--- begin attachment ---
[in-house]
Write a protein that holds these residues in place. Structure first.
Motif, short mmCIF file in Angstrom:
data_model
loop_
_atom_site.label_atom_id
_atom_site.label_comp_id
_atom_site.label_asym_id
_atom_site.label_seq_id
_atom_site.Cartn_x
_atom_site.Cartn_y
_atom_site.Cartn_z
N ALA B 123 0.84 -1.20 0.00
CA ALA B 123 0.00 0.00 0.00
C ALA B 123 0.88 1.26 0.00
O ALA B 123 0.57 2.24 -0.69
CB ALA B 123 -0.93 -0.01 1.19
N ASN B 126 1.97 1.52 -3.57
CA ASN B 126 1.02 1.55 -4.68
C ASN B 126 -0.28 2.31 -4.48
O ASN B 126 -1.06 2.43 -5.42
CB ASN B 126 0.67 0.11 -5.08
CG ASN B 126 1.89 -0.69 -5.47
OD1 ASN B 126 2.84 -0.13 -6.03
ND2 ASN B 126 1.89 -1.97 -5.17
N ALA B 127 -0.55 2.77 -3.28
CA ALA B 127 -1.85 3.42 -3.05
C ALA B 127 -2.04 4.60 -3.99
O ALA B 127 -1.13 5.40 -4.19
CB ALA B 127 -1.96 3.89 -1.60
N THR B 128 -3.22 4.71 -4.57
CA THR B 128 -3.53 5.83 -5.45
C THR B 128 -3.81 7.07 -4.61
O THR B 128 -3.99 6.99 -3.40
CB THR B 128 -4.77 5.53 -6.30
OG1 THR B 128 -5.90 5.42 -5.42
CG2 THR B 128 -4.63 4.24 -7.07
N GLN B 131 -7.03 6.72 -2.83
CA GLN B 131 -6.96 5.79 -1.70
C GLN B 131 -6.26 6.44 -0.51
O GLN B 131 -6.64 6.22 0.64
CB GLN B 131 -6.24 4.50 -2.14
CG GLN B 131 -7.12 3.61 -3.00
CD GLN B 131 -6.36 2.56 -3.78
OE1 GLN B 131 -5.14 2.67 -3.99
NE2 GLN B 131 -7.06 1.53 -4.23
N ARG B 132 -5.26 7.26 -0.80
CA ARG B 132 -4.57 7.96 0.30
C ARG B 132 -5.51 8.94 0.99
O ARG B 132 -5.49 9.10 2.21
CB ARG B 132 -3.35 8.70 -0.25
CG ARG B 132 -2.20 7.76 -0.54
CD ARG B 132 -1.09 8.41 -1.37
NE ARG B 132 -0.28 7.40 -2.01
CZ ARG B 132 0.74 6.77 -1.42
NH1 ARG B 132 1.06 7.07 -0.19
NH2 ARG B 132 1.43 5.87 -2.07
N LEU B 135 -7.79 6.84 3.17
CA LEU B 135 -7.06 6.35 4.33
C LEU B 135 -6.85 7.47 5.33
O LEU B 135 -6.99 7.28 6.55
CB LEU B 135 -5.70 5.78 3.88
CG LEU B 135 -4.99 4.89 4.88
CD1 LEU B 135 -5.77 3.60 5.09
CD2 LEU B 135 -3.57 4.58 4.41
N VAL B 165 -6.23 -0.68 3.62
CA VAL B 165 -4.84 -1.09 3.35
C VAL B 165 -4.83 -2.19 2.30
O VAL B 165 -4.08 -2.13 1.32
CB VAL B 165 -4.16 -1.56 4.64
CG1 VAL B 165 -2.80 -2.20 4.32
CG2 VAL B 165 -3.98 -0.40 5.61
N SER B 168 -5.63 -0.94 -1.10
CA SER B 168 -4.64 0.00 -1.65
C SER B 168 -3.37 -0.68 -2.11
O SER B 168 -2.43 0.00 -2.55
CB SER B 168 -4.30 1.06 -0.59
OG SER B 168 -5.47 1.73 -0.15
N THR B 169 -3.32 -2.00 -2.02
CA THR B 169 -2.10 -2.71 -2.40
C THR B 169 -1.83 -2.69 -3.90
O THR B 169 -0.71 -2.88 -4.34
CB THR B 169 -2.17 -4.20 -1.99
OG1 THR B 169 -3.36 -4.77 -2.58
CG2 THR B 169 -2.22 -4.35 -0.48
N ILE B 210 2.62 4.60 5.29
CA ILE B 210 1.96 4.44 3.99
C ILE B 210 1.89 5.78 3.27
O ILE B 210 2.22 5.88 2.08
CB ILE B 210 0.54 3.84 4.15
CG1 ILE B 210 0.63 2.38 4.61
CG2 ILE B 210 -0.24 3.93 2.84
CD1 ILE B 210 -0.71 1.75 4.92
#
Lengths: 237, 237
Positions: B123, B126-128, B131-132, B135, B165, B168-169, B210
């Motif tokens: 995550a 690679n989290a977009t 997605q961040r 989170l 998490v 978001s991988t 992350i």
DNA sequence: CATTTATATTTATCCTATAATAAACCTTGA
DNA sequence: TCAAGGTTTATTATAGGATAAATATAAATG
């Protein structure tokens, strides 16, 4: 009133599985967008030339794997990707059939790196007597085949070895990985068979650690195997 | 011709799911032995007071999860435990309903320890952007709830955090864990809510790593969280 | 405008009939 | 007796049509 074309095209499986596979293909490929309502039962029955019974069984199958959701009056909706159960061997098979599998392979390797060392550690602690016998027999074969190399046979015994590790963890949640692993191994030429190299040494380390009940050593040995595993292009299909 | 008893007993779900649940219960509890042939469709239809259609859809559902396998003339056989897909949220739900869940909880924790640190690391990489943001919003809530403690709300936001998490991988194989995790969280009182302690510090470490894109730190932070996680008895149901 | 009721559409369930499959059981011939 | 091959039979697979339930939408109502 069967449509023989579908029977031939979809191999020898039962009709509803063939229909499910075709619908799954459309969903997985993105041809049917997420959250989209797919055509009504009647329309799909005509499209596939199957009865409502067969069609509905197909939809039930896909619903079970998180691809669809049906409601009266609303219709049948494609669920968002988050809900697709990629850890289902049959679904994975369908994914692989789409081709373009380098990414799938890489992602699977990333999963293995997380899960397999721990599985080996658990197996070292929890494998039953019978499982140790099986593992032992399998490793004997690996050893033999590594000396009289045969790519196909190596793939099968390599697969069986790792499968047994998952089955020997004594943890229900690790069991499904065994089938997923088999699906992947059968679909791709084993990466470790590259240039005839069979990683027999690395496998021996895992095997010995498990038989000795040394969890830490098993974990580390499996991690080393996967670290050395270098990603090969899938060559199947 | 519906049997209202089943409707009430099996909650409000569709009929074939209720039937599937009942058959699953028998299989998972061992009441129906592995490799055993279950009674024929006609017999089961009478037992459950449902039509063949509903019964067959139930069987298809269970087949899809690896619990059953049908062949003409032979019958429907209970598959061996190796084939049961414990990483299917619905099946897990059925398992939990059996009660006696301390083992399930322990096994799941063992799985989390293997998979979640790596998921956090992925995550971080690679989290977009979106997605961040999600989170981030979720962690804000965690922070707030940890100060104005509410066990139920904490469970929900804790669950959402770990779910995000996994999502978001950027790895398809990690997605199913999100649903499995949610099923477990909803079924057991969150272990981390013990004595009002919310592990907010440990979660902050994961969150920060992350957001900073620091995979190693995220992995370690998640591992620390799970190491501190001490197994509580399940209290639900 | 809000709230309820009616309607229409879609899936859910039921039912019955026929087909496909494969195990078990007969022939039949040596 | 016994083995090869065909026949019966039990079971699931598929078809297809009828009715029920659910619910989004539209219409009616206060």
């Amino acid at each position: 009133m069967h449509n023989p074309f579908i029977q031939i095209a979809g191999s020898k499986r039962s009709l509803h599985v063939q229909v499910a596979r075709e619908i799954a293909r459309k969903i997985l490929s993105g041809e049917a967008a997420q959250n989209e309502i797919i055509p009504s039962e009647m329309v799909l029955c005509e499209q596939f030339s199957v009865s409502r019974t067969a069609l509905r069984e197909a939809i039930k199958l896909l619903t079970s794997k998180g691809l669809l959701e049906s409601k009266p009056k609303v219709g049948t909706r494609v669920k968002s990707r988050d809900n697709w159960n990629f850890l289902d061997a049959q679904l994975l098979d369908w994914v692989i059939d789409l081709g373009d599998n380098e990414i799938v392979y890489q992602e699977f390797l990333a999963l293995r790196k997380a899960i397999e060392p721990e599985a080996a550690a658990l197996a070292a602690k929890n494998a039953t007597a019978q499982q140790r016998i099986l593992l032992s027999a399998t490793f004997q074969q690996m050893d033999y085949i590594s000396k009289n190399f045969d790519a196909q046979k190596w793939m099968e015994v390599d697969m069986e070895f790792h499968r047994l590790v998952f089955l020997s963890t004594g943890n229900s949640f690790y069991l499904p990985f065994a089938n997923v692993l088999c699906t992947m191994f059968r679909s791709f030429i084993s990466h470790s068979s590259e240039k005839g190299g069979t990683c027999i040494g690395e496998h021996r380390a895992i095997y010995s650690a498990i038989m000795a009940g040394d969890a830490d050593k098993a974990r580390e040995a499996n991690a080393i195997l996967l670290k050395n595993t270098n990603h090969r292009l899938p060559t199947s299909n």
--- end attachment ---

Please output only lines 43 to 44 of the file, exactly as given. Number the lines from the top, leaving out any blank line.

CG GLN B 131 -7.12 3.61 -3.00
CD GLN B 131 -6.36 2.56 -3.78